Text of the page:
Collectors should note that some copies are known with two printed cards laid in - a compliments card from the author and a card that states 'THE REFERENCE to "American Authorities" in the Introduction refers to the United States Government and General Eisenhower.'
Canadian and Australian editions also merit mention.
The Canadian publisher, McClelland and Stewart, chose to follow the aesthetic appearance of the preceding five Little, Brown and Company editions rather than the new Simon and Schuster design. Consequently, the Canadian edition is bound in red cloth stamped in gilt with black title panels on the spine and front cover. The illustrated dust jacket is printed red, black, and white with a photo of Churchill, seated and with cigar, reviewing documents from a despatch box. All seven Canadian war speeches volumes were published by McClelland and Stewart, with only the first and this final volume differing appreciably in binding and dust jackets from their U.S. counterparts.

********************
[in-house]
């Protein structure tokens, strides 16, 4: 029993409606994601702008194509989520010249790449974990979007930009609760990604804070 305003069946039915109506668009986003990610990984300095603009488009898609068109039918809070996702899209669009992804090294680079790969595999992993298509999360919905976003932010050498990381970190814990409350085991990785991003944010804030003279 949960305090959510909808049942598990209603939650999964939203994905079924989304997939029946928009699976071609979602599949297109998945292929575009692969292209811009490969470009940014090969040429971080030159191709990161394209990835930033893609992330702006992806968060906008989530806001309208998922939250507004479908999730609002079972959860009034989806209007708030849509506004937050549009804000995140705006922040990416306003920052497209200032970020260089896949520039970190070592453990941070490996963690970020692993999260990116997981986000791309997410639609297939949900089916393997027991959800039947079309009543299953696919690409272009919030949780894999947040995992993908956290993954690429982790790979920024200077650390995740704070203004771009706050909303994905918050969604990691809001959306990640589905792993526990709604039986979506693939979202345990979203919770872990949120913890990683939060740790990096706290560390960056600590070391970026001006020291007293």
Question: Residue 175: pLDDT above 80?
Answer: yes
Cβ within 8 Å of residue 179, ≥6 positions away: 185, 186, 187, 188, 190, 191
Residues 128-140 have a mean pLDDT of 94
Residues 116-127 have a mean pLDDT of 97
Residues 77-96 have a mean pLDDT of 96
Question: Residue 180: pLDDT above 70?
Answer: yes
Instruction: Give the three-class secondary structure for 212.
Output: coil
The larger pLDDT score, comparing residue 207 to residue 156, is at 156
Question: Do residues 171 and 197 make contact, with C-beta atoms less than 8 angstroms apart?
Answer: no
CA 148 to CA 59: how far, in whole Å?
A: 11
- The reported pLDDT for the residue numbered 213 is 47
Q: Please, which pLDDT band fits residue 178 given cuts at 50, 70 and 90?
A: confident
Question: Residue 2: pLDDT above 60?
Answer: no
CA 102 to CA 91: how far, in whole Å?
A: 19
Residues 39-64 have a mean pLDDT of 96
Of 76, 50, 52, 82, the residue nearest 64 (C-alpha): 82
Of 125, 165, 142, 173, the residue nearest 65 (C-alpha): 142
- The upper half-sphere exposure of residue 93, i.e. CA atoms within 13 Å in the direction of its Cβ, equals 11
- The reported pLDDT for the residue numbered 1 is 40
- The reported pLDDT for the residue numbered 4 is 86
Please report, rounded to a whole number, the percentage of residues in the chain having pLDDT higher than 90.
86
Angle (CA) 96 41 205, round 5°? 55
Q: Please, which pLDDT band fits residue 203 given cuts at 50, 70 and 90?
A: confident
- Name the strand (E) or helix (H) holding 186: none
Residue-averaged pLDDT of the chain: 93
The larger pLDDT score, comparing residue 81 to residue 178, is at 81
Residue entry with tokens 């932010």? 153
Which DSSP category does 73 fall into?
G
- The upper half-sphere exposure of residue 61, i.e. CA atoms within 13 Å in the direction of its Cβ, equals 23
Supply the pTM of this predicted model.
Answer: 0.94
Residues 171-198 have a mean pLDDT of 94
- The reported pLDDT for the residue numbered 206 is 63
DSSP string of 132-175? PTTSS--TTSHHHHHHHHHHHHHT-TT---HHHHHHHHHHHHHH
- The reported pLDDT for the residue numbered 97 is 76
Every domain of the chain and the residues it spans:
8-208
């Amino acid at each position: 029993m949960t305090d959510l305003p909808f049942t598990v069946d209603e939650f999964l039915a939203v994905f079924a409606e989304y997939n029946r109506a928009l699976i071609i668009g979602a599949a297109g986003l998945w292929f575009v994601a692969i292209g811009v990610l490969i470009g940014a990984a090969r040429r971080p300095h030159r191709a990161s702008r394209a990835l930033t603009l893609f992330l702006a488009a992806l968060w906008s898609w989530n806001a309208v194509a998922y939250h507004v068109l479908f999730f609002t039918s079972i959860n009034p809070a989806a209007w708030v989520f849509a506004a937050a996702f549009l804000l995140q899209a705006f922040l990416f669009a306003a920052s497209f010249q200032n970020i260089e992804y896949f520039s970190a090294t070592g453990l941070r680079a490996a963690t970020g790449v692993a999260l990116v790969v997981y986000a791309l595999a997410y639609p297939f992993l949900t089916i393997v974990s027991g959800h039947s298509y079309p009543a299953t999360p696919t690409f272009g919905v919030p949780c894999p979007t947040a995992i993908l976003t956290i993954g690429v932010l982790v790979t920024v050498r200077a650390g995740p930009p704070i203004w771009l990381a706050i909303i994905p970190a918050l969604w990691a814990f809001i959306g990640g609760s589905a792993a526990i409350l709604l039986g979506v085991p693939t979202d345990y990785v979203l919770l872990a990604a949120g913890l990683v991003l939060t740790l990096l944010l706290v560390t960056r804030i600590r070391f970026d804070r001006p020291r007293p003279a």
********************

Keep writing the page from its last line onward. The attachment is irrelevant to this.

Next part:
An Australian first edition of Secret Session Speeches is also a stand-alone design. While the volume dimensions match those of preceding Australian war speeches editions, the binding is found in a variety of unique hues and the dust jacket features a white spine and rear panel, each with black print. Only the front panel is colored, with bright orange background with white print on the upper half transitioning to purple with white print on the lower half.
While there were ultimately seven British, U.S., and Canadian first editions of Churchill's war speeches, there were only six Australian editions, there being no Australian edition of the first volume, Into Battle. The bindings of the Australian edition war volumes vary considerably within and between each edition. The dust jackets roughly echo the style of the British first editions, though with significant differences, particularly to the first volume (The Unrelenting Struggle) this final volume, Secret Session Speeches.